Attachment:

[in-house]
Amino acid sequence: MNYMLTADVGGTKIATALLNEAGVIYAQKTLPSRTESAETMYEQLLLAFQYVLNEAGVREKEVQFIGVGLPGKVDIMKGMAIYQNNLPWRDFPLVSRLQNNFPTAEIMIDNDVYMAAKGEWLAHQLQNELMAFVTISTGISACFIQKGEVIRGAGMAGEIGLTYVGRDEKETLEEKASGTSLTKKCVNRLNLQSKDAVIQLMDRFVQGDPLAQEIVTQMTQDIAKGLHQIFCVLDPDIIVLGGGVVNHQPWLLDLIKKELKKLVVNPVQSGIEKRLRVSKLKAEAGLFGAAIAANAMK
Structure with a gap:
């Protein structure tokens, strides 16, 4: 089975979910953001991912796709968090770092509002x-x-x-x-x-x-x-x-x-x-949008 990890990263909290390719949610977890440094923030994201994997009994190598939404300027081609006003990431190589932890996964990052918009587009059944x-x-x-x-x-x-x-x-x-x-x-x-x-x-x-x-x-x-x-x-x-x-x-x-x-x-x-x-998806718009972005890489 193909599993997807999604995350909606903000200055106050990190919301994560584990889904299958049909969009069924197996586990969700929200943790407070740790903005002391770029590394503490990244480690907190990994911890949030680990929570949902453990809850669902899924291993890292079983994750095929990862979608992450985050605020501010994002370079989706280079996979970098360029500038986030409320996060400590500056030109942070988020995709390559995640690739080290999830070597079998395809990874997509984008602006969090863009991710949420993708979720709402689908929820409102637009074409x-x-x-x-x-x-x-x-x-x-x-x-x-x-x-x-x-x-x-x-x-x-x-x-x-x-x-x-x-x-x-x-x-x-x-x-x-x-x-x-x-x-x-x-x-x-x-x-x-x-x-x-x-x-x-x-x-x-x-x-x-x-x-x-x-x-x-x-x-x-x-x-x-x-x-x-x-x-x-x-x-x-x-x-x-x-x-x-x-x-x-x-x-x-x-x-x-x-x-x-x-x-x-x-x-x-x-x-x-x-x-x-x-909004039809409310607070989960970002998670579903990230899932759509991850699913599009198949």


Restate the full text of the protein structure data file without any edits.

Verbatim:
[in-house]
Amino acid sequence: MNYMLTADVGGTKIATALLNEAGVIYAQKTLPSRTESAETMYEQLLLAFQYVLNEAGVREKEVQFIGVGLPGKVDIMKGMAIYQNNLPWRDFPLVSRLQNNFPTAEIMIDNDVYMAAKGEWLAHQLQNELMAFVTISTGISACFIQKGEVIRGAGMAGEIGLTYVGRDEKETLEEKASGTSLTKKCVNRLNLQSKDAVIQLMDRFVQGDPLAQEIVTQMTQDIAKGLHQIFCVLDPDIIVLGGGVVNHQPWLLDLIKKELKKLVVNPVQSGIEKRLRVSKLKAEAGLFGAAIAANAMK
Structure with a gap:
């Protein structure tokens, strides 16, 4: 089975979910953001991912796709968090770092509002x-x-x-x-x-x-x-x-x-x-949008 990890990263909290390719949610977890440094923030994201994997009994190598939404300027081609006003990431190589932890996964990052918009587009059944x-x-x-x-x-x-x-x-x-x-x-x-x-x-x-x-x-x-x-x-x-x-x-x-x-x-x-x-998806718009972005890489 193909599993997807999604995350909606903000200055106050990190919301994560584990889904299958049909969009069924197996586990969700929200943790407070740790903005002391770029590394503490990244480690907190990994911890949030680990929570949902453990809850669902899924291993890292079983994750095929990862979608992450985050605020501010994002370079989706280079996979970098360029500038986030409320996060400590500056030109942070988020995709390559995640690739080290999830070597079998395809990874997509984008602006969090863009991710949420993708979720709402689908929820409102637009074409x-x-x-x-x-x-x-x-x-x-x-x-x-x-x-x-x-x-x-x-x-x-x-x-x-x-x-x-x-x-x-x-x-x-x-x-x-x-x-x-x-x-x-x-x-x-x-x-x-x-x-x-x-x-x-x-x-x-x-x-x-x-x-x-x-x-x-x-x-x-x-x-x-x-x-x-x-x-x-x-x-x-x-x-x-x-x-x-x-x-x-x-x-x-x-x-x-x-x-x-x-x-x-x-x-x-x-x-x-x-x-x-x-909004039809409310607070989960970002998670579903990230899932759509991850699913599009198949």